It's now March, Spring is nearing, and I know this guy is going to be migrating to the north soon. I am also uncertain if he will return next winter or not. So I take advantage of some more pleasant sunny afternoons and seek him out again after a work day. And once again I am blessed with yet another new experience with this bird. Mating season is on the horizon and this guy has suddenly become very vocal. He is singing his rather strange song out to the world in hopes to attract a female. Word around the area is that there in fact were two Shrikes in this park; but I only saw the one. I haven't read up on sexing them and will probably leave that for next winter (if they return).

Here he is enjoying the warmer sunny afternoons of March 2011.

With his singing his song quite often, he was found much of the time in some lower bushes near the marina. I was able to get quite close to him through these days and after some fighting with the camera due to the thick brush and focus problems, I got me a couple decent pics of him right up close. You are able to see the serrated beak which he uses to tear apart his meals. I never saw him eat but these three moments I have described here sure make it feel like I had three firsts with one bird that I really wanted to see in my life.

Next year I hope to have an opportunity to video record him and his song. But seeing him up so close like this, hearing his song, on my final visit with him is a lifelong memory.

Look at this pretty little killer! The Butcher-bird of Colonel Sam Smith Park.

Some of the shots are heavily cropped. I never knew how close I could get with this guy so I would start photo'ing from a distance. And some days with it being in the -20s sure didn't help the trigger finger.

March 9, 2011

Walking in the Woods

I was walking in the woods, and what did I see? A little Eastern Screech Owl trying to have a sleepy. Are you humming along now?

Okay, seriously... a really cool sighting on one of my walks in some woods within the GTA! I don't know much about these little Owls though so here's some tid-bits from Cornell Lab of Ornithology.

* The Eastern Screech-Owl eats a variety of small animals. Two captive males ate from one-quarter to one-third of their own body weight in food each night, but sometimes skipped a night and stored food instead.

* The trilling song on one pitch, sometimes known as the Bounce Song, is used by members of a pair or a family to keep in contact. The male will trill to advertise a nest site, court the female, and when arriving at a nest with food. The descending Whinny is used in territory defense. The songs usually are uttered separately, but sometimes are heard together.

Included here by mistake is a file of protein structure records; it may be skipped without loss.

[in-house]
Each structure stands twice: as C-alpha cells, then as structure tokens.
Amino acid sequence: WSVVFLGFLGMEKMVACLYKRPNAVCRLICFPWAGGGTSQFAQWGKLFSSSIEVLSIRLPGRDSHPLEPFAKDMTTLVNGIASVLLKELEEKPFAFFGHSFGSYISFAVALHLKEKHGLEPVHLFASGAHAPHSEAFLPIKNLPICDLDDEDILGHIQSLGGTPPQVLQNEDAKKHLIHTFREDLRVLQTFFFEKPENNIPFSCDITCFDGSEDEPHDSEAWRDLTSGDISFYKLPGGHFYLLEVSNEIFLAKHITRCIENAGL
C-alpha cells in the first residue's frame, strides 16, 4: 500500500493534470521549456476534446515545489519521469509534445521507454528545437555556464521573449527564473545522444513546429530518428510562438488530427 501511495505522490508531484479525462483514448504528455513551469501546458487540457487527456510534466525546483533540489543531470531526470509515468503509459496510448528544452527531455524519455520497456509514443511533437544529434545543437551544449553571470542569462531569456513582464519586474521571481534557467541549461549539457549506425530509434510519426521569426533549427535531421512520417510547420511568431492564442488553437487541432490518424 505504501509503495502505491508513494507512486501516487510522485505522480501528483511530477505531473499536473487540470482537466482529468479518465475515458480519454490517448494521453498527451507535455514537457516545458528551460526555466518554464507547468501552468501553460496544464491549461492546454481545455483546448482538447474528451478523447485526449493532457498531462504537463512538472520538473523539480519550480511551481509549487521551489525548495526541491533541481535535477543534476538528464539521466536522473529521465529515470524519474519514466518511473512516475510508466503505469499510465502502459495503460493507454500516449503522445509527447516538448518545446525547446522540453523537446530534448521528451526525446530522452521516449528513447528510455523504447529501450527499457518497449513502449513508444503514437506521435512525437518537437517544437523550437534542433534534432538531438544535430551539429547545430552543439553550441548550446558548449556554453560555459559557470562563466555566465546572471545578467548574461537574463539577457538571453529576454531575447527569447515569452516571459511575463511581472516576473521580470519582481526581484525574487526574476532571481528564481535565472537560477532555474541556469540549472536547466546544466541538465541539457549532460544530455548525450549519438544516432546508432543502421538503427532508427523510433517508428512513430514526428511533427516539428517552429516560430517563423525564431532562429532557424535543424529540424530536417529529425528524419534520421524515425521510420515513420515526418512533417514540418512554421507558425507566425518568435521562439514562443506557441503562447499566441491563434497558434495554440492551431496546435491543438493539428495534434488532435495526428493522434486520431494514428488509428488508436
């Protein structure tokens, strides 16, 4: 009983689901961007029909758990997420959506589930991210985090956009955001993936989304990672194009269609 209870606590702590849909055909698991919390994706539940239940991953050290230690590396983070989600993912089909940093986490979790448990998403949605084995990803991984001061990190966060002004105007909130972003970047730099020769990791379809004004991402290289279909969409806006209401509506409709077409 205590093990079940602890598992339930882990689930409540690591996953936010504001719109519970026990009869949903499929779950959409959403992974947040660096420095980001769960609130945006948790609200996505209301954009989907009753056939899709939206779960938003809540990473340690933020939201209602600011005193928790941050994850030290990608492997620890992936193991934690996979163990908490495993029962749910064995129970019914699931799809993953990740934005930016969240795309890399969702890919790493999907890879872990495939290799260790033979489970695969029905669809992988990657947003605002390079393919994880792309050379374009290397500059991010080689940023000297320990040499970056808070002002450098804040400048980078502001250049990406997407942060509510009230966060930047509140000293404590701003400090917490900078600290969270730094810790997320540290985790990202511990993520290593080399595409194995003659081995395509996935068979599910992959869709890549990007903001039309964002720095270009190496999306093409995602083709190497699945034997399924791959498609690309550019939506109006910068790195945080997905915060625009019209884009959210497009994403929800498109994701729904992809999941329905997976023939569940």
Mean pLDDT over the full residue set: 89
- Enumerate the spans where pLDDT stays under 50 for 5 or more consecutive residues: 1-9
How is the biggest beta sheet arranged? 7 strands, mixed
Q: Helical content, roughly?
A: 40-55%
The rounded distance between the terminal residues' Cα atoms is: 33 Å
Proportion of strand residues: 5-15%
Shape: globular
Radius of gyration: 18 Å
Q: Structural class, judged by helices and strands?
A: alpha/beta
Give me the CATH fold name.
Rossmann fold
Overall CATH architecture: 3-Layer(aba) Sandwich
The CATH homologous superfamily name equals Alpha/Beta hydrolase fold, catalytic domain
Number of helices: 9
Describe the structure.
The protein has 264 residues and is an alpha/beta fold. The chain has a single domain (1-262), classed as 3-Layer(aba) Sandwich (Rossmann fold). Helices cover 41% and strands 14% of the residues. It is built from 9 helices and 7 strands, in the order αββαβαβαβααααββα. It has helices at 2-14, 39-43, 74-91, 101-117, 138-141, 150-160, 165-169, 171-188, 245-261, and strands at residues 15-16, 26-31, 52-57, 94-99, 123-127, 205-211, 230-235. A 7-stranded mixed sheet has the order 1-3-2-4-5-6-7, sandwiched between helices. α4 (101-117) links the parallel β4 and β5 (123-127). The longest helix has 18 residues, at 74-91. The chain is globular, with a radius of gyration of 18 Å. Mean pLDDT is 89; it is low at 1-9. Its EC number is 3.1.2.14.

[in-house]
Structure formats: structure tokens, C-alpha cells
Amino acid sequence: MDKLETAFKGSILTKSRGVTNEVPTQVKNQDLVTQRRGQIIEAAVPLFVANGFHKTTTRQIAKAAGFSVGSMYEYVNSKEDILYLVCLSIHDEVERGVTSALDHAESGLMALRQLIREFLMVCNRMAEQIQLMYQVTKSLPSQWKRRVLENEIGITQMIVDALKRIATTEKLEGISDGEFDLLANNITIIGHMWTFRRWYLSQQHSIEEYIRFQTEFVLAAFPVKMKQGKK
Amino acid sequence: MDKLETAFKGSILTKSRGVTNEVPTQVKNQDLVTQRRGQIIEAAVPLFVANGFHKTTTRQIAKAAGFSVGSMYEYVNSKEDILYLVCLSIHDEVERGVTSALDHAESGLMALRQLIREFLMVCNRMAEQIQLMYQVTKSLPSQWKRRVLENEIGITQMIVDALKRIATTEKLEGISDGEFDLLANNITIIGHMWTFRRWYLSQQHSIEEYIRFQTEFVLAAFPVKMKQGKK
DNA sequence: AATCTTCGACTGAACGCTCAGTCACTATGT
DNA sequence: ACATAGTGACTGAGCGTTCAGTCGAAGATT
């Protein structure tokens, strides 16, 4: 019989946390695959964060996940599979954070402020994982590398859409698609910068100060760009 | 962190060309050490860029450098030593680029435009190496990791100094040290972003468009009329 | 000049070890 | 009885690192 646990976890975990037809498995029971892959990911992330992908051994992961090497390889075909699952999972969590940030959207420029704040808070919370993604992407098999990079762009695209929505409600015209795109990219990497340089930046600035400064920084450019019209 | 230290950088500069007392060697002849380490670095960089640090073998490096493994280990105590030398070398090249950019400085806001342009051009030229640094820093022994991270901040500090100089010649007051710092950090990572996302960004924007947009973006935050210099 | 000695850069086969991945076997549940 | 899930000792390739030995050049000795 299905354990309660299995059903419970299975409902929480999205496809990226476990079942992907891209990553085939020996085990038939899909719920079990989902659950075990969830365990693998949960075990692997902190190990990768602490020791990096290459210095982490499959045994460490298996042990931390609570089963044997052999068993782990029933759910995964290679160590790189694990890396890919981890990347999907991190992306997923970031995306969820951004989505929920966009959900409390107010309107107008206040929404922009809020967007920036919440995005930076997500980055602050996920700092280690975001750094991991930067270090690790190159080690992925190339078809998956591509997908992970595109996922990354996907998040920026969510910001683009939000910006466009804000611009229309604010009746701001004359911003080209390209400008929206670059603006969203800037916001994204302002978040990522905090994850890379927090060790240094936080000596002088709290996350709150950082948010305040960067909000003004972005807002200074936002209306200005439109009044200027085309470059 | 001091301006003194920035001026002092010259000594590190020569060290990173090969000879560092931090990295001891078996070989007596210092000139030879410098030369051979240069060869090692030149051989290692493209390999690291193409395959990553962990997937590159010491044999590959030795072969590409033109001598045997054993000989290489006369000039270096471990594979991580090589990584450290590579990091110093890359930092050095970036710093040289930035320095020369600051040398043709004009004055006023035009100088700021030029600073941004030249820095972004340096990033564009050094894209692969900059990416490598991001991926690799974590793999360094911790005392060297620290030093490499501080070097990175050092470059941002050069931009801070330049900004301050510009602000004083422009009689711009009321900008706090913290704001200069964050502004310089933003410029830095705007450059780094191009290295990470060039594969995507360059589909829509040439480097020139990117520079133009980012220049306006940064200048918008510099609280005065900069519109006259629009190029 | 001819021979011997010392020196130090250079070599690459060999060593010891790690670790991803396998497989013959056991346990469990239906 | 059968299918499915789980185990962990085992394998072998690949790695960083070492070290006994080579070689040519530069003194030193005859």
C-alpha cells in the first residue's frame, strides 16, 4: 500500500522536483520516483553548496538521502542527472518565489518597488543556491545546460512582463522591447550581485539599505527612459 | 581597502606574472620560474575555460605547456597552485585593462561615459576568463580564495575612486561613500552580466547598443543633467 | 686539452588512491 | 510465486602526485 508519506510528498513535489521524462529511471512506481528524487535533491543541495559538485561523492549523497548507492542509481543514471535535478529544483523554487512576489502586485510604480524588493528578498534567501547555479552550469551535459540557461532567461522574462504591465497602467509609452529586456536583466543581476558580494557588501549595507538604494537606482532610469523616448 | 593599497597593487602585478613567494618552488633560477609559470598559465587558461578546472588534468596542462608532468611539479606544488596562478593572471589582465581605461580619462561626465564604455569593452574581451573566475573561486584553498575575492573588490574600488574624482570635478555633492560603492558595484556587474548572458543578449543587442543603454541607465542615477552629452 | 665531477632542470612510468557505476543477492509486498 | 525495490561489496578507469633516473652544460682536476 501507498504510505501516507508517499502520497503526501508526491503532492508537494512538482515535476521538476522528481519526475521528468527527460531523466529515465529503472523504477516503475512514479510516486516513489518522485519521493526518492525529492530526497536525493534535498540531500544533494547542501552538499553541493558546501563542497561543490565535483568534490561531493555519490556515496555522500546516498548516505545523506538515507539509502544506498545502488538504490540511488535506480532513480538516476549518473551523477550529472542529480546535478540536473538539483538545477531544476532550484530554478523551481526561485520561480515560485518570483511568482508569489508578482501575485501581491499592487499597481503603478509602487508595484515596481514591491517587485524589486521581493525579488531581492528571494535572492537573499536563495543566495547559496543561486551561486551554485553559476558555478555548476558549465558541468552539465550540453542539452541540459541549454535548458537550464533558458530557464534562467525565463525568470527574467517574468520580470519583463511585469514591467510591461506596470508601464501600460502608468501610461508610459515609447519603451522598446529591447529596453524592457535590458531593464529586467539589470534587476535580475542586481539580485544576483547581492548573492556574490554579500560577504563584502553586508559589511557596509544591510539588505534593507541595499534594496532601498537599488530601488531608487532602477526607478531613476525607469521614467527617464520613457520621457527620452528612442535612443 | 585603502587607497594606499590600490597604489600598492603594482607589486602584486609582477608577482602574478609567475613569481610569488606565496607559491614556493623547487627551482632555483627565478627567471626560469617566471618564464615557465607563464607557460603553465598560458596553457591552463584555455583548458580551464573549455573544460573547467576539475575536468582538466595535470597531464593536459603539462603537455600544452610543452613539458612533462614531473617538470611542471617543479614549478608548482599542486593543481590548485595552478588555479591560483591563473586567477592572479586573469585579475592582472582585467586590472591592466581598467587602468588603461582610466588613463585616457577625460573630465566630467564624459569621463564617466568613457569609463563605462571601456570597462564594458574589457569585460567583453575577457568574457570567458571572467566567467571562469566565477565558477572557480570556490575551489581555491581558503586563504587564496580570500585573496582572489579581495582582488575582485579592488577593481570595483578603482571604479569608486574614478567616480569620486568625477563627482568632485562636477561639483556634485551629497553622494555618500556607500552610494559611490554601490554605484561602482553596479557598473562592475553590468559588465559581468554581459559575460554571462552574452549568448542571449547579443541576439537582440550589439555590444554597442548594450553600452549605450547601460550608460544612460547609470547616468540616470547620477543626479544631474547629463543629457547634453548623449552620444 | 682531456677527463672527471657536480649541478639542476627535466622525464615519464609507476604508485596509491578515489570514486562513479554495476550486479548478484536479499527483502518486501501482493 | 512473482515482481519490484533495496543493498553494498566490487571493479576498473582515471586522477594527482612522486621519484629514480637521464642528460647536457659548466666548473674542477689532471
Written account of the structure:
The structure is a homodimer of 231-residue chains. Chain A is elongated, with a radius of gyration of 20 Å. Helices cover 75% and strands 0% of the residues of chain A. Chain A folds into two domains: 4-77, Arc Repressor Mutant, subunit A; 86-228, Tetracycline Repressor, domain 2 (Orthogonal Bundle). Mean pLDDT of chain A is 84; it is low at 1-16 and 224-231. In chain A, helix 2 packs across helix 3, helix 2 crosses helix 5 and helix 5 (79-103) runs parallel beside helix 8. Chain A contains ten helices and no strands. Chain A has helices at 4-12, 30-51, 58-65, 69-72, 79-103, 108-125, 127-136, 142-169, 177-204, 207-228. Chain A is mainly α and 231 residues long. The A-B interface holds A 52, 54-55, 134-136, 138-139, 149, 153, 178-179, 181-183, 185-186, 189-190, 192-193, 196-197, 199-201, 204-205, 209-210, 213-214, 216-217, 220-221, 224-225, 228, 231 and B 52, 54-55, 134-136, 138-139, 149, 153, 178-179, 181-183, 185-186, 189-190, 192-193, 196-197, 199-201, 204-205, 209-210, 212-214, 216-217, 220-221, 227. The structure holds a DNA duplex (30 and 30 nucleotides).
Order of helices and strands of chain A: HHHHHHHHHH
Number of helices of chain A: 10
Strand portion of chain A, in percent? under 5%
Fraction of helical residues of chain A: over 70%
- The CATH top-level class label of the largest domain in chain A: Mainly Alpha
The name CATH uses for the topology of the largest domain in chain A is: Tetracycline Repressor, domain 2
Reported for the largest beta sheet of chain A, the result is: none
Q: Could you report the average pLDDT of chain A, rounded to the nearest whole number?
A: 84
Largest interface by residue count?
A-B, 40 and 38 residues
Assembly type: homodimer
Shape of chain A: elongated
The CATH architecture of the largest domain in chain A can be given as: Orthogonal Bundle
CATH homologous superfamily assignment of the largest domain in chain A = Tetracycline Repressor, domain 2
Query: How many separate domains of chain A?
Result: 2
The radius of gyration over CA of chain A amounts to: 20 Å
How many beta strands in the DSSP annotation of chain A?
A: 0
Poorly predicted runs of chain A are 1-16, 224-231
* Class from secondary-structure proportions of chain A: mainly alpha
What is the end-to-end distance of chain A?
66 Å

* Eastern Screech-Owl pairs usually are monogamous and remain together for life. Some males, however, will mate with two different females. The second female may evict the first female, lay her own eggs in the nest, and incubate both clutches.

* The Eastern Screech-Owl is known to eat a variety of songbirds, including the European Starling. Despite this fact, the starling regularly displaces the owl from nesting sites and takes over the hole to raise its own brood.

As you can tell from my photos, these Owls, like many others blend in very well with their environment. A really tough one to spot out in the wild. He's probably 30 to 40 ft up the tree.

Standing next to a tree, one probably wouldn't even notice this guy above them.

So, if you really would like to see one but don't have the time to search, the patience to search and a bit of luck on your side as well... I suggest visiting Mountsberg Conservation Area and their Raptor Centre. They have 3 Eastern Screech Owls in captivity. All of which are unreleasable for one reason or another.

Meet Echo in these shots...

And if you are willing to pay for a personal Raptor Encounter, and behave yourself, showing respect and kindness, you should be able to hold one of these beautiful little Owls like I am here with my pal Otis. He looks a tad grumpy, him and his one good eye.